The Construction of Interpolity Sociopolitical Identity Through Architecture at the Ancient Maya Site of Blue Creek, Belize
This dissertation examines the design variation present in the ritual and domestic architecture of the Maya site of Blue Creek, Belize, in an attempt to understand how differences in architectural style may have been linked to the construction of local, intra-community sociopolitical identities within this ancient Maya community. The study employs a practice-based, technological style theoretical perspective which views all material culture style, including that of architecture and the built environment, as the product of systems of technical processes and techniques of production and use. As a consequence of this view, the approach further argues that discontinuities in material cultural styles represent breaks in the traditions of technological practices, and thus can serve as markers of various social boundaries. To look for such discontinuities, a
descriptive grammar was first constructed from the architectural data provided by
excavations conducted in the civic center of Blue Creek, a medium-sized site located in
northwest Belize. This grammar was then compared to the architectural data recovered
from excavations conducted at three formal alpha groups selected from different settlement zones located around the site center.
The results of the study indicate that while the majority of architectural style at Blue Creek is attributable to community-wide design practices, differential patterns of style are evident in the substructural façades of temples and shrines located in the site core and in each of the surrounding settlement zones. The dissertation argues that the presence of these micro-styles is consistent with expectations based on an integrated corporate community model similar to that derived at Copan (Fash 1983; Freter 1994, 2004; Hendon 1987, 1991; Sanders 1989), in which semi-autonomous, ranked kin-based corporate groups (Hayden and Cannon 1982) are arranged in complex heterarchical and hierarchical sociopolitical interaction networks.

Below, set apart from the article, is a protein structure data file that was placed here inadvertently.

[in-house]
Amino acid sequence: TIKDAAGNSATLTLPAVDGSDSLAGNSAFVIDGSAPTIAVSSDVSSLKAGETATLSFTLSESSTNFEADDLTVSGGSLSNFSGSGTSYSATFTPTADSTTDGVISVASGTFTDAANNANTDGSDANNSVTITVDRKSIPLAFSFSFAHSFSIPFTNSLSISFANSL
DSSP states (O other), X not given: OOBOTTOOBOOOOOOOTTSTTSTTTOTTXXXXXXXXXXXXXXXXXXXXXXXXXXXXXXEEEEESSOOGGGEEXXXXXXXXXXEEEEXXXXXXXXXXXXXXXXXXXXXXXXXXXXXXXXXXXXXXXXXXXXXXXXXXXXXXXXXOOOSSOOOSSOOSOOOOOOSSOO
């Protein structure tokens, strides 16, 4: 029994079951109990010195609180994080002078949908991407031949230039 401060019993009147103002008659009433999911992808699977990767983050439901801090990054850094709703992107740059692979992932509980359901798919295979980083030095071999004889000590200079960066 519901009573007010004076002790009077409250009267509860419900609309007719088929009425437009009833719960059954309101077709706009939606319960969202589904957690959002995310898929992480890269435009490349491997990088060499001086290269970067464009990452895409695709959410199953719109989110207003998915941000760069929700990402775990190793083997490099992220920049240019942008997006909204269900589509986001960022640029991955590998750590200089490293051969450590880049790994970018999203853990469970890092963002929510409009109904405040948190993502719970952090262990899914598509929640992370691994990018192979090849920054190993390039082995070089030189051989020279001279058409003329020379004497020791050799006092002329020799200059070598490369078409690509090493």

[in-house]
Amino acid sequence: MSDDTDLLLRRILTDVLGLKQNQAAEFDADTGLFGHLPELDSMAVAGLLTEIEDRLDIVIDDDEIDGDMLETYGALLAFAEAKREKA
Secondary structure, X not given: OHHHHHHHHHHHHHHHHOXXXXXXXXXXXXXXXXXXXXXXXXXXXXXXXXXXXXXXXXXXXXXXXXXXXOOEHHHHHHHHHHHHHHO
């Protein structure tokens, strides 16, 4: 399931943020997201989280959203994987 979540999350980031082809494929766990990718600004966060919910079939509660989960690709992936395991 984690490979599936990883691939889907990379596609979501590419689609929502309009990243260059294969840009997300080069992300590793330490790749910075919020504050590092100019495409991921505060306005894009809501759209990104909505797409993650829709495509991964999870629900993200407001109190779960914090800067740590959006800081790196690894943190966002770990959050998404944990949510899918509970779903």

Cite this Record
The Construction of Interpolity Sociopolitical Identity Through Architecture at the Ancient Maya Site of Blue Creek, Belize. William Driver. 2008 ( tDAR id: 6424) ; doi:10.6067/XCV8K64GC1
Agricultural or Herding • Archaeological Feature • Ball Court • Burial Pit • Commercial or Industrial Structures • Domestic Structure or Architectural Complex • Domestic Structures • Funerary and Burial Structures or Features • Isolated Burial • Non-Domestic Structures • Plaza • Pyramid • Resource Extraction / Production / Transportation Structure or Features • Settlements • Structure • Temple • Tomb • Water-Related
Archaeological Overview • Architectural Documentation • Architectural Survey • Bioarchaeological Research • Collections Research • Data Recovery / Excavation • Site Evaluation / Testing • Systematic Survey
Aguas Turbias Ceramic Complex, Late Classic I Period (A.D. 600–750) • Cool Shade Ceramic Complex, Early Middle Preclassic Period (1000/800–650 B.C.) • Dos Bocas Ceramic Complex, Late Classic II Period (A.D. 750–830/850) • Leguas Ceramic Complex, Late Preclassic Period (350 B.C.–A.D. 100) • Linda Vista Ceramic Complex, Terminal Late Preclassic Period (A.D. 100/150–250) • Postclassic Period (after A.D. 1000) • Rio Bravo Ceramic Complex, Terminal Classic Period (A.D. 830/850–1000) • Rio Hondo Ceramic Complex, Early Classic Period (A.D. 250–600) • San Felipe Ceramic Complex, Middle Preclassic Preclassic ( 650–350 B.C.)
min long: -88.888; min lat: 17.868 ; max long: -88.848; max lat: 17.897 ;
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